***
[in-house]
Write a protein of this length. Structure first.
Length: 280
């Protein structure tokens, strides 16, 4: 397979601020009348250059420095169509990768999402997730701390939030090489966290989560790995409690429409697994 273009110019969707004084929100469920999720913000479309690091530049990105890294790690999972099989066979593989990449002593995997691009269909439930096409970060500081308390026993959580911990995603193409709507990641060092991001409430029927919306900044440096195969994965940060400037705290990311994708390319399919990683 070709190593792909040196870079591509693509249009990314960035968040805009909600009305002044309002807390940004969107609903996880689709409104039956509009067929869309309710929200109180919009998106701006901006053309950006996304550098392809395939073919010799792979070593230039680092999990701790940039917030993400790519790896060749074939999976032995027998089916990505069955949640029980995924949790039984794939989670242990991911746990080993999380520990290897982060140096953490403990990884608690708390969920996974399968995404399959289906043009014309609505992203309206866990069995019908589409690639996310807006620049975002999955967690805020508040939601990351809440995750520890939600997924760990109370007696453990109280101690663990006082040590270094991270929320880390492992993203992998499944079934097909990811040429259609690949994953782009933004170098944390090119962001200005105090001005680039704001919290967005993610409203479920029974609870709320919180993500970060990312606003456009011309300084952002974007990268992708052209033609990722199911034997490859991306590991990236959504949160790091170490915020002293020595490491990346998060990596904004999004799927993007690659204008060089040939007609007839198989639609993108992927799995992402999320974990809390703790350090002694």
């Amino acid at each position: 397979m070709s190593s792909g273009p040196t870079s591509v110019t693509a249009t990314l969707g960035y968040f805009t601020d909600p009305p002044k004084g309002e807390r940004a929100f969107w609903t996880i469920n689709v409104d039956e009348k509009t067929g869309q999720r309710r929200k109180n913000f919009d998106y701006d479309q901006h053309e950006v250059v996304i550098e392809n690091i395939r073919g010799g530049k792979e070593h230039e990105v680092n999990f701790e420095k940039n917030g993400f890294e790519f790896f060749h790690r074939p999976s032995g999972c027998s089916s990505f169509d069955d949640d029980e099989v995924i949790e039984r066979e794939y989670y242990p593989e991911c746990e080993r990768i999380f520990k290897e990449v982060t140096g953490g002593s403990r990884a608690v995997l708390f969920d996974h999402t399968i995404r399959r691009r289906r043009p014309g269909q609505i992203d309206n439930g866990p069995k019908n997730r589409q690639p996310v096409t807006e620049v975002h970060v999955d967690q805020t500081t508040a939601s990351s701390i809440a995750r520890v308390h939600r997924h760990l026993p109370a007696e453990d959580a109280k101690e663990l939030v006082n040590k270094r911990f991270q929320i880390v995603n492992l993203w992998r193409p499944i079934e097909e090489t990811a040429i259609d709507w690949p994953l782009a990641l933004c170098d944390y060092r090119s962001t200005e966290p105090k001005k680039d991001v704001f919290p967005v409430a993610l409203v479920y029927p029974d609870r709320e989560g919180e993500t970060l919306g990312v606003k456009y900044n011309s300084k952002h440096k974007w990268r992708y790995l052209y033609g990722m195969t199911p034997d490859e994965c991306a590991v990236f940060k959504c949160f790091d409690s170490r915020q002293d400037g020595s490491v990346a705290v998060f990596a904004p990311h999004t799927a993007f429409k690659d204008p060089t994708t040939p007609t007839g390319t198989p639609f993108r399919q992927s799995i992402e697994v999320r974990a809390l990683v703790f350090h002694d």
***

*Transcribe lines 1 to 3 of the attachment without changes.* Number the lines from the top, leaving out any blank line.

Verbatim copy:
[in-house]
Write a protein of this length. Structure first.
Length: 280